Did they know they were learning? Did they heck! Did they have fun, and drive the learning forward themselves? ABSOLUTELY!!! 

   

Deconstructed role play 

Many of you will know I have written about this before…

I have a real passion and innate desire to allow children to be free in their own creativity. 

In our setting gone are the days where we create a Gruffalo cave (I’m not being funny… How many gruffalo caves have you been in? Me neither and even if I had I’m not sure what play I’d do in there?) I hold my hands up and say that I used to be that teacher that would print off a load of key words, spend hours laminating them and stick them up in “MY” role play area, and expect the Kidkets to sit with a clip board and write them down, or read them and use them in their conversation! Of course they didn’t use them… All that was happening was a big old waste of a few hours spent at the laminator! 

What I do do is spend my weekends trawling round various supermarkets and shops asking for boxes so that I can provide my children with a great range of different types, sized, shaped boxes that can be whatever the heck they like! 

Today was one of those days my heart felt happy, and a few goose bumps appeared on my arms! (Ok it doesn’t happen every day- but you know that feeling when it does!)

I looked over to our role play and this is what greeted me…  

  
I literally whooped and cheered! I think  I perhaps made a few children jump with fright in the process! (Oops- surely they are used to this crazy lady by now!!)  

I was totally blown away by the creativity, craftsmanship and collabation that had gone into this design. Not only had they cut the paper into a flag shape, drawn the skull and cross bones, attached it to the mast (big tube) tied the mast onto the box with string! But they also presented their plan!  

   

“We decided what we wanted it to be first” they said “So we drew it!”

And there we have it… Creativity in its simplest form!!

Super Heroes!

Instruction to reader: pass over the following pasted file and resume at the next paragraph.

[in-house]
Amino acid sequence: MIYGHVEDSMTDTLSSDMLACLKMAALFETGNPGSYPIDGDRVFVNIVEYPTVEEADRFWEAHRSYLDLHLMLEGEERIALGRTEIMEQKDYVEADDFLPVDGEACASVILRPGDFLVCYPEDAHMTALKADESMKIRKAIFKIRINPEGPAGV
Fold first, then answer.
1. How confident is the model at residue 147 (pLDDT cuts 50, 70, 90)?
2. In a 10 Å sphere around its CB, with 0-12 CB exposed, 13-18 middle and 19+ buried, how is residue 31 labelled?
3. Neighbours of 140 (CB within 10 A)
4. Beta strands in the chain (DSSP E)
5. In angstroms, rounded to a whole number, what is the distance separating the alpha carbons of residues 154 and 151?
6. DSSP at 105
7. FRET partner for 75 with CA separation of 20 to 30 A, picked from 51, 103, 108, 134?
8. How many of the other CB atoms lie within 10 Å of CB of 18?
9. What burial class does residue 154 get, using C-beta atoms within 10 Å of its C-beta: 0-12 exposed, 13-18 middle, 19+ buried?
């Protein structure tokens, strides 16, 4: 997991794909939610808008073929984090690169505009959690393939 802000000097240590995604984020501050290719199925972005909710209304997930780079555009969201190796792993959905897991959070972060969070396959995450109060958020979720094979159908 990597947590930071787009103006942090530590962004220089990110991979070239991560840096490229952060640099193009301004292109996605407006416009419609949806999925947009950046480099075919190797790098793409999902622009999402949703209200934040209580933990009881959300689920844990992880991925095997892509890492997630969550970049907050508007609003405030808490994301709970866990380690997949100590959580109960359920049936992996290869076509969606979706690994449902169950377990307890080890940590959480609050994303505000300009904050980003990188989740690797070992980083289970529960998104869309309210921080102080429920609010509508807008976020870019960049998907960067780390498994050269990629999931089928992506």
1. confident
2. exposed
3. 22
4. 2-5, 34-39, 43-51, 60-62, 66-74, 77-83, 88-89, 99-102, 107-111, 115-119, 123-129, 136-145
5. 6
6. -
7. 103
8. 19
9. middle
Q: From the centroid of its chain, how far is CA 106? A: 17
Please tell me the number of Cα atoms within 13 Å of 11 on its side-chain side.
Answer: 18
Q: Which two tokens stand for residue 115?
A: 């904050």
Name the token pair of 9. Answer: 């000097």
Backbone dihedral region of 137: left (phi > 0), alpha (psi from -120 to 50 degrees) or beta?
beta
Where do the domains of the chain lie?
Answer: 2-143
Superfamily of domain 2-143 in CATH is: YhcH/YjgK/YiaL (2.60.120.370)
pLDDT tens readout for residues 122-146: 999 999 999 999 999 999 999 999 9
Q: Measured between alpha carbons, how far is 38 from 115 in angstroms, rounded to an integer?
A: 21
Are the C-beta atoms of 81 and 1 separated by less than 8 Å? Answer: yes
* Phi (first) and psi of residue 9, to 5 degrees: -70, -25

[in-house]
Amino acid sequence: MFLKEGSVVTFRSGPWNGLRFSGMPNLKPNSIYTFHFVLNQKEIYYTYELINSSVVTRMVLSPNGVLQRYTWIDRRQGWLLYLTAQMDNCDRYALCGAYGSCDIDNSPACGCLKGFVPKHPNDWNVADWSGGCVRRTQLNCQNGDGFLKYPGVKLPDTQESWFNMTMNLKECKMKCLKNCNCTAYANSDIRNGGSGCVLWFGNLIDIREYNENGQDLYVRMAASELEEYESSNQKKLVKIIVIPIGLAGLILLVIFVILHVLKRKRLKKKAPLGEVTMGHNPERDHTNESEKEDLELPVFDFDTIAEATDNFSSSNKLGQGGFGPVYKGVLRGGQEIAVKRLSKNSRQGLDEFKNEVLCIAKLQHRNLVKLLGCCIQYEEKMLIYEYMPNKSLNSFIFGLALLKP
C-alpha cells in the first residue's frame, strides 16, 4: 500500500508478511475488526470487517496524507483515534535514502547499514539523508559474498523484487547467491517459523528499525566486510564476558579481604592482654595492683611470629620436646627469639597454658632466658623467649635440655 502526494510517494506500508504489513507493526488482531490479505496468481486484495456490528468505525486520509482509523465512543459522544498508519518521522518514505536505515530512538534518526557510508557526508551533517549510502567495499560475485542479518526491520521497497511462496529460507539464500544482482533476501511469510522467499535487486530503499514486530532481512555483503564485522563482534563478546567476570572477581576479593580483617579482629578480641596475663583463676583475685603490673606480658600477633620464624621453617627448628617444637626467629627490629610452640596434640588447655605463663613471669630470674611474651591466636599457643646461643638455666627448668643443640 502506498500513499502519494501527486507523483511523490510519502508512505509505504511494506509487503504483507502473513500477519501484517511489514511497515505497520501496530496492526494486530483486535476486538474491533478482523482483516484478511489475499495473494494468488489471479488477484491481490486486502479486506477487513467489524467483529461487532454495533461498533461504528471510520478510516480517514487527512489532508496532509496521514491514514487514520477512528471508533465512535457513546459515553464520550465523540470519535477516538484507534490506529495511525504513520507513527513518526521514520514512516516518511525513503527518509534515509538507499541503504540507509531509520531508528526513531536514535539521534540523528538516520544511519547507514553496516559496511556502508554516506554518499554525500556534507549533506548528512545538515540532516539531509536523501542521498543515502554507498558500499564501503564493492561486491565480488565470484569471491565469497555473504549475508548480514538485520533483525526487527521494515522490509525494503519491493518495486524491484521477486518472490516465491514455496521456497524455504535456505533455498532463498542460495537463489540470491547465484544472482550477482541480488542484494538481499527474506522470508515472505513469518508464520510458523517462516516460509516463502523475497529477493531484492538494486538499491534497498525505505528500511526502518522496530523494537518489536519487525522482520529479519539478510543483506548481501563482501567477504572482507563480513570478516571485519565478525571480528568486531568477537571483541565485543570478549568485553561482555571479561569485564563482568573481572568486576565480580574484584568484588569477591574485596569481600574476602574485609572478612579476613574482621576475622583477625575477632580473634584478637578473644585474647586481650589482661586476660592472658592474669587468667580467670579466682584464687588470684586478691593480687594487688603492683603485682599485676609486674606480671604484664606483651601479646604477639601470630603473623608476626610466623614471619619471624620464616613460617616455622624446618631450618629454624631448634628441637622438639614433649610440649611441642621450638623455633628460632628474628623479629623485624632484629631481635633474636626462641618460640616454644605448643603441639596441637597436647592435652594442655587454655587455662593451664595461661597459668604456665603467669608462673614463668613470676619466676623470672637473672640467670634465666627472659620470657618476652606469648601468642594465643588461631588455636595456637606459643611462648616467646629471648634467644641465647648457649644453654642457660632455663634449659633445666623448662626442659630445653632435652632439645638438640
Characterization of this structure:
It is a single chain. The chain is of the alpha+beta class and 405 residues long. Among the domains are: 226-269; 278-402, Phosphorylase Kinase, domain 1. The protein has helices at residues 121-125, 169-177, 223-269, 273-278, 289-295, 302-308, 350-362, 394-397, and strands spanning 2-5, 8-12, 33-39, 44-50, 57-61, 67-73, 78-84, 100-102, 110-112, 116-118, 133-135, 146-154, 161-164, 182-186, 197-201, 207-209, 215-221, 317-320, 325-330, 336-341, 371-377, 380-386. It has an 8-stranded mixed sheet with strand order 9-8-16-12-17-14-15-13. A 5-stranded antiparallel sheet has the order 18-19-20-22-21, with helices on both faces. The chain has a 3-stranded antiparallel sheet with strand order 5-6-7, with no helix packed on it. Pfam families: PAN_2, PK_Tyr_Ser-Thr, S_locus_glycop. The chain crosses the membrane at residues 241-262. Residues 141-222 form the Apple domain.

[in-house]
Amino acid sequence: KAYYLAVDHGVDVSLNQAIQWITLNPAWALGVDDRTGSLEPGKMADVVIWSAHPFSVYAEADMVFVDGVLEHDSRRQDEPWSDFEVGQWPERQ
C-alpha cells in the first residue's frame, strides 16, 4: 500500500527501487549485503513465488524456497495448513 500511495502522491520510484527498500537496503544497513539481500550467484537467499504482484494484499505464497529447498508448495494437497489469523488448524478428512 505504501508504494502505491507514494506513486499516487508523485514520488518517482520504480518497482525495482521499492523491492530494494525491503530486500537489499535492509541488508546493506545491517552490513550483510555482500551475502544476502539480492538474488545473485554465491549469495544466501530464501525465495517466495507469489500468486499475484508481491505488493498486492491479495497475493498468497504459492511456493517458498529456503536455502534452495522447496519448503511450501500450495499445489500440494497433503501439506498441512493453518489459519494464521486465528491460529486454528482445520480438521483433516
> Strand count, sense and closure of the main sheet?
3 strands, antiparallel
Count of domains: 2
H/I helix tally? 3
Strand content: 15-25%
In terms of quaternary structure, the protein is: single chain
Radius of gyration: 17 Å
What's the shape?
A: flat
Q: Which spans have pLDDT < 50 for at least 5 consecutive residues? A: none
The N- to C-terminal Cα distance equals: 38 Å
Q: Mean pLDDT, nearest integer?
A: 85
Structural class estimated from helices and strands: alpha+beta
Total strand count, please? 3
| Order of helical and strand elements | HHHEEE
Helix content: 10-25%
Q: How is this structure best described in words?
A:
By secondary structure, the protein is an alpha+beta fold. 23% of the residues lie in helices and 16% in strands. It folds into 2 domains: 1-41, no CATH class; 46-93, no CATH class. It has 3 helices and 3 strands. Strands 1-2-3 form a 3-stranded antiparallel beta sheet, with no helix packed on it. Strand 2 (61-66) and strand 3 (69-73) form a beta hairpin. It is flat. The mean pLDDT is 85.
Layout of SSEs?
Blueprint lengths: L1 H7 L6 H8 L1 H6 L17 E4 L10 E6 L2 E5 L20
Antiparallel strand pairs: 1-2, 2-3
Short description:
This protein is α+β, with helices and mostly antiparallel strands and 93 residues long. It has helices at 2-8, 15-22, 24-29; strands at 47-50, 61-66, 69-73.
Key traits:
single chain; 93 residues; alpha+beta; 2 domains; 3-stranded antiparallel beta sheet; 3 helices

How many of your children love Superheroes? Yep mine too… Surprisingly it’s not just the boys either- my girls are just as excited about Superheroes as the boys. 

I am a keen believer in allowing children to take the lead in their learning. I know that so many of our children love this topic and are excited about it that I need to embrace theirove too! 

I began by researching lots of different bits and bobs. Here are the different things I have found useful- they are not all my ideas I will give acknowledgements where I can but some pics I have picked up along the way and I’m not sure where they are from! 

A fantastic document I have read recently is this http://www.islington.gov.uk/publicrecords/library/education-and-skills/information/leaflets/2011-2012/%282012-03-03%29-engaging-boys-leaflet.pdf What do you think? 

   
Block play is just fantastic isn’t it, I think these are awesome designs and love the fact the children have drawn and labelled their designs. It could be good to stick pics of super heros onto the blocks to encourage this more.

  This is a great idea from @jessicawebb92 with using blocks and ping pong balls! Great for control
One of my lovely twitter friends has some great Superhero ideas on her page…  

     

Here is the link to her webpage- do pop over to say hello!